I just updated `simstudy`

to version 0.1.7. It is available on CRAN.

To mark the occasion, I wanted to highlight a new function, `genOrdCat`

, which puts into practice some code that I presented a little while back as part of a discussion of ordinal logistic regression. The new function was motivated by a reader/researcher who came across my blog while wrestling with a simulation study. After a little back and forth about how to generate ordinal categorical data, I ended up with a function that might be useful. Here’s a little example that uses the `likert`

package, which makes plotting Likert-type easy and attractive.

### Defining the data

The proportional odds model assumes a baseline distribution of probabilities. In the case of a survey item, this baseline is the probability of responding at a particular level - in this example I assume a range of 1 (strongly disagree) to 4 (strongly agree) - given a value of zero for all of the covariates. In this example, there is a single predictor \(x\) that ranges from -0.5 to 0.5. The baseline probabilities of the response variable \(r\) will apply in cases where \(x = 0\). In the proportional odds data generating process, the covariates “influence” the response through an additive shift (either positive or negative) on the logistic scale. (If this makes no sense at all, maybe check out my earlier post for a little explanation.) Here, this additive shift is represented by the variable \(z\), which is a function of \(x\).

```
library(simstudy)
baseprobs<-c(0.40, 0.25, 0.15, 0.20)
def <- defData(varname="x", formula="-0.5;0.5", dist = "uniform")
def <- defData(def, varname = "z", formula = "2*x", dist = "nonrandom")
```

### Generate data

The ordinal data is generated after a data set has been created with an adjustment variable. We have to provide the data.table name, the name of the adjustment variable, and the base probabilities. That’s really it.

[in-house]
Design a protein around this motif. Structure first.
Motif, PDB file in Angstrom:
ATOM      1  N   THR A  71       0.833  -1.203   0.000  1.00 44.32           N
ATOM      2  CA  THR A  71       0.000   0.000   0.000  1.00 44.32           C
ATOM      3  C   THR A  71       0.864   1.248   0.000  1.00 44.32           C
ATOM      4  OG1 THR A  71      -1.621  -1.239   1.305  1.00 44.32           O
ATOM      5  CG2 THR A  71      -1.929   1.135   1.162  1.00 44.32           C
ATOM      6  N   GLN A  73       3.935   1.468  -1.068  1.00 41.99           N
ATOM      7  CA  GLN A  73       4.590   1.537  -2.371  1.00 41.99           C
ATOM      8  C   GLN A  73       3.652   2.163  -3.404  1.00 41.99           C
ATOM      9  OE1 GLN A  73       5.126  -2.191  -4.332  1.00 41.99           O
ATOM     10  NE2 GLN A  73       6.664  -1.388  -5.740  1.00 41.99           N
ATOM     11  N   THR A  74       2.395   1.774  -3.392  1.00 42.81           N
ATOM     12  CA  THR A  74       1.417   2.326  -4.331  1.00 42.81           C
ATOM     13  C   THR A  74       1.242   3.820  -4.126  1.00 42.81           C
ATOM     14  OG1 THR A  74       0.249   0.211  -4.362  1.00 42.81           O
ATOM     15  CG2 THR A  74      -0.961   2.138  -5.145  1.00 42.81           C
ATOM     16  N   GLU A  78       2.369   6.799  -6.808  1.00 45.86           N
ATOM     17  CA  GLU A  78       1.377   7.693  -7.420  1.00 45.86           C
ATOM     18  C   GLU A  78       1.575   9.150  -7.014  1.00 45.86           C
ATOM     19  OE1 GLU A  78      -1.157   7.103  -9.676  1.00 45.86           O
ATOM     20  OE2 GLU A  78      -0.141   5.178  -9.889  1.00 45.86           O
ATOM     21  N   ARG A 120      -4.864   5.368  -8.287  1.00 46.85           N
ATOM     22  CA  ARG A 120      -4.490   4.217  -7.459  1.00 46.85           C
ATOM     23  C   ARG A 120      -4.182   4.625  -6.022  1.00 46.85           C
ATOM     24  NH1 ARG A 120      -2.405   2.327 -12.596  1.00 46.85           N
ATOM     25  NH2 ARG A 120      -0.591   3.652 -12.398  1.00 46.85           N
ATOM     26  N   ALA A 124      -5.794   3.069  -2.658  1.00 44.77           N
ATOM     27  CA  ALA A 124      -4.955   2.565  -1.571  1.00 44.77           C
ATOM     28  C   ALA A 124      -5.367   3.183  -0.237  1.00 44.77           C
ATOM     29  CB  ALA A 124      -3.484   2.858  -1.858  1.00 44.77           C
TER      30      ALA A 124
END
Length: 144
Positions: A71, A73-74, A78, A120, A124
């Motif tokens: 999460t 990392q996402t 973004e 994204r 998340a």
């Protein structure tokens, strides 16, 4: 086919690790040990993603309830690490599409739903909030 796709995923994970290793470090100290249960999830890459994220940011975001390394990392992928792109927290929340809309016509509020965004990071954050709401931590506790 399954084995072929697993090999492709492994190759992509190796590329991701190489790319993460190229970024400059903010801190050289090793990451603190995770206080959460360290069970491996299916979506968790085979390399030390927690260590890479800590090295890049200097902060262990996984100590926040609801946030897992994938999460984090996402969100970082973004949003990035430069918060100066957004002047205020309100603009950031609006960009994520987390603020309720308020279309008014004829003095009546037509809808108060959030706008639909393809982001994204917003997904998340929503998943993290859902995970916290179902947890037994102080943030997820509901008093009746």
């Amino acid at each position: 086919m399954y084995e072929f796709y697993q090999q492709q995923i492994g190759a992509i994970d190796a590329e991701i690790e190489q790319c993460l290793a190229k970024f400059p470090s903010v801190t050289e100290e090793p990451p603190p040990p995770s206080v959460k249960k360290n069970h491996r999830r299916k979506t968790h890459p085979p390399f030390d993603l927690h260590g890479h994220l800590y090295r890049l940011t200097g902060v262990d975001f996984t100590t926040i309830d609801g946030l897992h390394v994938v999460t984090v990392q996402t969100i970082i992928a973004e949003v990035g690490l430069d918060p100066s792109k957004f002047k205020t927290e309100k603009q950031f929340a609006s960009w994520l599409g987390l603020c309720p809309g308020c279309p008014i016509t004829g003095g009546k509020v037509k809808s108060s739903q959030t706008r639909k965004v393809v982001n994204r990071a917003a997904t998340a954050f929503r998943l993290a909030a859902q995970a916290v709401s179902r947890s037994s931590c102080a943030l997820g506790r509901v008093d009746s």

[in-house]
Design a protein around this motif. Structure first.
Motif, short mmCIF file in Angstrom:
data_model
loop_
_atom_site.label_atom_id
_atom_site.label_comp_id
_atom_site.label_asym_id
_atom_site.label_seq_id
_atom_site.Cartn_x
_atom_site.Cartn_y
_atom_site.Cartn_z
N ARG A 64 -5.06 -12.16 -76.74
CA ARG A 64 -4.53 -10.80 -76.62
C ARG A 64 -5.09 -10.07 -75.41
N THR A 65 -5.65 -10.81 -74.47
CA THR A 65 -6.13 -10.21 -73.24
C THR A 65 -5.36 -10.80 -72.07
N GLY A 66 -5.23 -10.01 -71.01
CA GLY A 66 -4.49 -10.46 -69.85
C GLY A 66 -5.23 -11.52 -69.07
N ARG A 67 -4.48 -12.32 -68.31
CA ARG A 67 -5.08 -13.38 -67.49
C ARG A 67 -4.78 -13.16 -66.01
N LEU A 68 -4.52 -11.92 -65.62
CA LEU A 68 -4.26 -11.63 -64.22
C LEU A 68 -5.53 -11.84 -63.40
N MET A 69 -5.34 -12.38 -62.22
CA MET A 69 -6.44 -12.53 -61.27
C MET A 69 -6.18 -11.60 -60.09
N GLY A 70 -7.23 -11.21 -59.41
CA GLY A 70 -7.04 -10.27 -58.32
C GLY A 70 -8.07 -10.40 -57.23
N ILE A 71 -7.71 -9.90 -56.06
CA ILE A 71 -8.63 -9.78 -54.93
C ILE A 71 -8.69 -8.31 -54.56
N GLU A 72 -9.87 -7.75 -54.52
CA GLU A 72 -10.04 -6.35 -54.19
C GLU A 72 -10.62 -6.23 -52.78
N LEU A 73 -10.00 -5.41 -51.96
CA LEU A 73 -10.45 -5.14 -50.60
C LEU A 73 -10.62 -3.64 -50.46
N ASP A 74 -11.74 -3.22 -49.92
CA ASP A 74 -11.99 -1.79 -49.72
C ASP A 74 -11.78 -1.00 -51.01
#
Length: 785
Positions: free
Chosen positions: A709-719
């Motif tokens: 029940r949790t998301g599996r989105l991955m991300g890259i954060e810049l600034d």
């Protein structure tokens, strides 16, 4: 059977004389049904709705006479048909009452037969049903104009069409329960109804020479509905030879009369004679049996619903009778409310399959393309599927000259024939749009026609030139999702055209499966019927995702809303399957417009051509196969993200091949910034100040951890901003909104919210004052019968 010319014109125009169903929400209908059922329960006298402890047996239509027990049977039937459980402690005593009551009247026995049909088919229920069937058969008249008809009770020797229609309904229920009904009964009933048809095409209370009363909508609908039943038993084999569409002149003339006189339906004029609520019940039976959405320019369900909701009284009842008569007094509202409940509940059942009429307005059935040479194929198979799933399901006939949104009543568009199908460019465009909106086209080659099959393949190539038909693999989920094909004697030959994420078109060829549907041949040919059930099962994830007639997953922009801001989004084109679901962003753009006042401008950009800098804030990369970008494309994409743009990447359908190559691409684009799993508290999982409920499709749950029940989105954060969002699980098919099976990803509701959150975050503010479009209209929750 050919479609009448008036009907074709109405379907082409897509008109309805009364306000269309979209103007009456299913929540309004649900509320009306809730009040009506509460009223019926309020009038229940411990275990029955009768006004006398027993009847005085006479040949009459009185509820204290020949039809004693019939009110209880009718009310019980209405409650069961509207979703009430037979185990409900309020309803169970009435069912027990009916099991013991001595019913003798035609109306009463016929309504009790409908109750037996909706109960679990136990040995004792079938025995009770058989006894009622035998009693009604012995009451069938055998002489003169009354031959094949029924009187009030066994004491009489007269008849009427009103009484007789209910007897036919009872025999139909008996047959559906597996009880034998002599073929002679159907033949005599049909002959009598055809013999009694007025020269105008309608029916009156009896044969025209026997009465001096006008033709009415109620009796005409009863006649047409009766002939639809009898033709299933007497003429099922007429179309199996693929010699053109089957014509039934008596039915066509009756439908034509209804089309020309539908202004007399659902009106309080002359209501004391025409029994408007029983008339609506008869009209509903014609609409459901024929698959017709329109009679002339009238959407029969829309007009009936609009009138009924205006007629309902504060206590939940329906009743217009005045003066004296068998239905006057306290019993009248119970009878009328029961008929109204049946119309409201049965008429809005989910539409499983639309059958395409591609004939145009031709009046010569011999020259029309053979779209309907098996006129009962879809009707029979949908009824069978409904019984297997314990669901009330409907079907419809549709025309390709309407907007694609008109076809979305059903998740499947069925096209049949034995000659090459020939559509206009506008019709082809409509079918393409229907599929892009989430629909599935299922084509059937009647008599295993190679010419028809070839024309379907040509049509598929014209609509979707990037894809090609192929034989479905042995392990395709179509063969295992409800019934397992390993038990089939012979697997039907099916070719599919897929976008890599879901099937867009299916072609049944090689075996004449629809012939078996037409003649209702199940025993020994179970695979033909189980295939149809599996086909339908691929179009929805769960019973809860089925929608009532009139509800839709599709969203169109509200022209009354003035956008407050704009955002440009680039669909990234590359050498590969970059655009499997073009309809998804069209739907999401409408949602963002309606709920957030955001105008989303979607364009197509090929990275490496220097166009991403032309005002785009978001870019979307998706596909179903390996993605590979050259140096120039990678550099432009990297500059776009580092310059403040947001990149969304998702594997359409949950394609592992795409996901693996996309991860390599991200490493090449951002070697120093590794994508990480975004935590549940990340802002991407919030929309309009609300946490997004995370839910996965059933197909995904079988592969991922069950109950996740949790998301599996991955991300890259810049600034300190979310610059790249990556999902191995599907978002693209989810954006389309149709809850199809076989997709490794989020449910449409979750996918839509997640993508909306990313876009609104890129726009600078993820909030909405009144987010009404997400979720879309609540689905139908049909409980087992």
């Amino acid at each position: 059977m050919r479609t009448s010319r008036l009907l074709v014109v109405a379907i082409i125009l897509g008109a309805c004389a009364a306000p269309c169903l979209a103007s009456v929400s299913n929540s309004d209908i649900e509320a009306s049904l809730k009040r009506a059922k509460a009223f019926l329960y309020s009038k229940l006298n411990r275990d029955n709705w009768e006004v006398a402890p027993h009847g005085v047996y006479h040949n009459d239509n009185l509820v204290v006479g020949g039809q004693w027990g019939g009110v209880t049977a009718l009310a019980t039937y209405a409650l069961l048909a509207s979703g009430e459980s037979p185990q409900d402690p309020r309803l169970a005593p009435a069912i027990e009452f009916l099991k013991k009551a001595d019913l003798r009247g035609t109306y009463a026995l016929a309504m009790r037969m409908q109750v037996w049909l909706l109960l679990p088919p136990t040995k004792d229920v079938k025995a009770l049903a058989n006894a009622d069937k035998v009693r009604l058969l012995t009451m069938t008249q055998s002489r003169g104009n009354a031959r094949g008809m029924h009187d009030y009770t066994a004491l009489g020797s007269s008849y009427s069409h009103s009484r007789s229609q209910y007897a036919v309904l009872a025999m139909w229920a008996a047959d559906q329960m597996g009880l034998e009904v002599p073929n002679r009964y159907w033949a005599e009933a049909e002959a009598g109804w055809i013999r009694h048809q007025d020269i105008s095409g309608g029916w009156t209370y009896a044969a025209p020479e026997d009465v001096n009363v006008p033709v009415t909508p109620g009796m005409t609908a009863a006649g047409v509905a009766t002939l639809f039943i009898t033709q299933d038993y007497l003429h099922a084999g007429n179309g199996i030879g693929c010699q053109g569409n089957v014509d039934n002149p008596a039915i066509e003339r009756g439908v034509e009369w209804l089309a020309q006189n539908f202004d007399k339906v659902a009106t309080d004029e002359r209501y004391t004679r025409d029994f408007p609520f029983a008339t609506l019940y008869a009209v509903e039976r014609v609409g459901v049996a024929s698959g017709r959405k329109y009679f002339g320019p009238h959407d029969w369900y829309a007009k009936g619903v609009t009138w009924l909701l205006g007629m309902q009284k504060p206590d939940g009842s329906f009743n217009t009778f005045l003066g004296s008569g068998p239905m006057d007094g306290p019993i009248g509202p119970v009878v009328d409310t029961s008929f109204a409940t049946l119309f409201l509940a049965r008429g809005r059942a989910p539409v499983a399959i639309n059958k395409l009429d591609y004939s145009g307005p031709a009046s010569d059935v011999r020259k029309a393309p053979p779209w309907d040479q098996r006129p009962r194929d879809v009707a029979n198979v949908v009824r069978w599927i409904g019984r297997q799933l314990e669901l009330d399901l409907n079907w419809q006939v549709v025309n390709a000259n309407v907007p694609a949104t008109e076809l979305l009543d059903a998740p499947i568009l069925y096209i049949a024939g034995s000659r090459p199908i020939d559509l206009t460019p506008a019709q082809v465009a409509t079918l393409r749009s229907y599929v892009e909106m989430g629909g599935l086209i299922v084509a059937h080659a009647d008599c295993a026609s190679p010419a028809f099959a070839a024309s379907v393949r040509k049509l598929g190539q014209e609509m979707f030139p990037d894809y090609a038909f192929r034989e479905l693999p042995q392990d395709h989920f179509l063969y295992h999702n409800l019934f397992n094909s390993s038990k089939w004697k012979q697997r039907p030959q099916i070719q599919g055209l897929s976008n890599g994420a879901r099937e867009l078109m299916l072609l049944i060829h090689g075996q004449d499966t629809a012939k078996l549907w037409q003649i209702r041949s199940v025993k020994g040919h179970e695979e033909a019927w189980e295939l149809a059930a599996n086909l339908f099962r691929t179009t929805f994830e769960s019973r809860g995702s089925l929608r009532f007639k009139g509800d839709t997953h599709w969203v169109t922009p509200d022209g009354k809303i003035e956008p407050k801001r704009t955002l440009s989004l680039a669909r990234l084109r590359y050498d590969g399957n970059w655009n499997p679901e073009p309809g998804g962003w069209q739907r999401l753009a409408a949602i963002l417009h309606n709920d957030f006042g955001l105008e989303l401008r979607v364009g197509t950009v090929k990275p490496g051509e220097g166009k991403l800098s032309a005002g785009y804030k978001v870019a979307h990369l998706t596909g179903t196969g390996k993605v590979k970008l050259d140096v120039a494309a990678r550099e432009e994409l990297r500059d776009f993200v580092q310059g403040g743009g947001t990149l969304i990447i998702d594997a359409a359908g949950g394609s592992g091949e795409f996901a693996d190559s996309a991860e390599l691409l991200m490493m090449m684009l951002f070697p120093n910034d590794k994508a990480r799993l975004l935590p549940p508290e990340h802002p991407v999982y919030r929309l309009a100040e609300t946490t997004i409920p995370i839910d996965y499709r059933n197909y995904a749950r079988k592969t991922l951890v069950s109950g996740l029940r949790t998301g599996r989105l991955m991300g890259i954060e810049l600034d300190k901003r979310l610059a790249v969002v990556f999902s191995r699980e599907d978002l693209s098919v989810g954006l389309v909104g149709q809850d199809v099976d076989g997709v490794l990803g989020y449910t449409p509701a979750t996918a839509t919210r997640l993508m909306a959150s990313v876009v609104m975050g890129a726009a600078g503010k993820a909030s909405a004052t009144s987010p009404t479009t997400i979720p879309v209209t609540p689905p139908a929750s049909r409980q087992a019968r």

```
set.seed(2017)
dx <- genData(2500, def)
dx <- genOrdCat(dx, adjVar = "z", baseprobs, catVar = "r")
dx <- genFactor(dx, "r", c("Strongly disagree", "Disagree",
"Agree", "Strongly agree"))
print(dx)
```

```
## id x z r fr
## 1: 1 0.42424261 0.84848522 2 Disagree
## 2: 2 0.03717641 0.07435283 3 Agree
## 3: 3 -0.03080435 -0.06160871 3 Agree
## 4: 4 -0.21137382 -0.42274765 1 Strongly disagree
## 5: 5 0.27008816 0.54017632 1 Strongly disagree
## ---
## 2496: 2496 -0.32250407 -0.64500815 4 Strongly agree
## 2497: 2497 -0.10268875 -0.20537751 2 Disagree
## 2498: 2498 -0.17037112 -0.34074223 2 Disagree
## 2499: 2499 0.14778233 0.29556465 2 Disagree
## 2500: 2500 0.10665252 0.21330504 3 Agree
```

The expected cumulative log odds when \(x=0\) can be calculated from the base probabilities:

```
dp <- data.table(baseprobs,
cumProb = cumsum(baseprobs),
cumOdds = cumsum(baseprobs)/(1 - cumsum(baseprobs))
)
dp[, cumLogOdds := log(cumOdds)]
dp
```

```
## baseprobs cumProb cumOdds cumLogOdds
## 1: 0.40 0.40 0.6666667 -0.4054651
## 2: 0.25 0.65 1.8571429 0.6190392
## 3: 0.15 0.80 4.0000000 1.3862944
## 4: 0.20 1.00 Inf Inf
```

If we fit a cumulative odds model (using package `ordinal`

), we recover those cumulative log odds (see the output under the section labeled “Threshold coefficients”). Also, we get an estimate for the coefficient of \(x\) (where the true value used to generate the data was 2.00):

```
library(ordinal)